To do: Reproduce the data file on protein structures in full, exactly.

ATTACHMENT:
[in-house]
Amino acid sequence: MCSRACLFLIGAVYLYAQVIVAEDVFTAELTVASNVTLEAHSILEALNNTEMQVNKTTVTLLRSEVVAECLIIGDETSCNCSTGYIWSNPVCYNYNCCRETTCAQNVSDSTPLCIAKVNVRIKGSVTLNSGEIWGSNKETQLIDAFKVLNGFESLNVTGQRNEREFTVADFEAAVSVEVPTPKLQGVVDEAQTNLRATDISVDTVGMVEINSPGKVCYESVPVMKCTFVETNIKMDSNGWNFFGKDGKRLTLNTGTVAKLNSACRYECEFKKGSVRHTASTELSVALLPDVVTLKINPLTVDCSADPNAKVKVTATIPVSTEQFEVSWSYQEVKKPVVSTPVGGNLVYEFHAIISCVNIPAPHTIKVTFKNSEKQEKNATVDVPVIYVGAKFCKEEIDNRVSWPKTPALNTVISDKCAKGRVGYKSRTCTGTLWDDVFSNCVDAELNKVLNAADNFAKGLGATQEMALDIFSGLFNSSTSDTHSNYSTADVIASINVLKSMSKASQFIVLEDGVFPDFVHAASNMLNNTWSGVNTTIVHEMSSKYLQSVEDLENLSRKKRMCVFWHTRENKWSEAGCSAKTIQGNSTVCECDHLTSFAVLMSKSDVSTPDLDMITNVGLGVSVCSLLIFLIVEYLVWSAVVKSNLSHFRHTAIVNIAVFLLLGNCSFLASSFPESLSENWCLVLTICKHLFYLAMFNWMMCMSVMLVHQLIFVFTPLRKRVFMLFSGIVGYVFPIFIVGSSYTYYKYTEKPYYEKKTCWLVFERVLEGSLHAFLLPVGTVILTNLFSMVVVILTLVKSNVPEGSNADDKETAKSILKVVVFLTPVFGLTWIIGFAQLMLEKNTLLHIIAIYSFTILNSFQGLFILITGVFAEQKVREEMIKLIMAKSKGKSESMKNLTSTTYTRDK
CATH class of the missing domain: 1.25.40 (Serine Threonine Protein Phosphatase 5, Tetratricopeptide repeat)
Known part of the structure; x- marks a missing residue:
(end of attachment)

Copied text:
[in-house]
Amino acid sequence: MCSRACLFLIGAVYLYAQVIVAEDVFTAELTVASNVTLEAHSILEALNNTEMQVNKTTVTLLRSEVVAECLIIGDETSCNCSTGYIWSNPVCYNYNCCRETTCAQNVSDSTPLCIAKVNVRIKGSVTLNSGEIWGSNKETQLIDAFKVLNGFESLNVTGQRNEREFTVADFEAAVSVEVPTPKLQGVVDEAQTNLRATDISVDTVGMVEINSPGKVCYESVPVMKCTFVETNIKMDSNGWNFFGKDGKRLTLNTGTVAKLNSACRYECEFKKGSVRHTASTELSVALLPDVVTLKINPLTVDCSADPNAKVKVTATIPVSTEQFEVSWSYQEVKKPVVSTPVGGNLVYEFHAIISCVNIPAPHTIKVTFKNSEKQEKNATVDVPVIYVGAKFCKEEIDNRVSWPKTPALNTVISDKCAKGRVGYKSRTCTGTLWDDVFSNCVDAELNKVLNAADNFAKGLGATQEMALDIFSGLFNSSTSDTHSNYSTADVIASINVLKSMSKASQFIVLEDGVFPDFVHAASNMLNNTWSGVNTTIVHEMSSKYLQSVEDLENLSRKKRMCVFWHTRENKWSEAGCSAKTIQGNSTVCECDHLTSFAVLMSKSDVSTPDLDMITNVGLGVSVCSLLIFLIVEYLVWSAVVKSNLSHFRHTAIVNIAVFLLLGNCSFLASSFPESLSENWCLVLTICKHLFYLAMFNWMMCMSVMLVHQLIFVFTPLRKRVFMLFSGIVGYVFPIFIVGSSYTYYKYTEKPYYEKKTCWLVFERVLEGSLHAFLLPVGTVILTNLFSMVVVILTLVKSNVPEGSNADDKETAKSILKVVVFLTPVFGLTWIIGFAQLMLEKNTLLHIIAIYSFTILNSFQGLFILITGVFAEQKVREEMIKLIMAKSKGKSESMKNLTSTTYTRDK
CATH class of the missing domain: 1.25.40 (Serine Threonine Protein Phosphatase 5, Tetratricopeptide repeat)
Known part of the structure; x- marks a missing residue: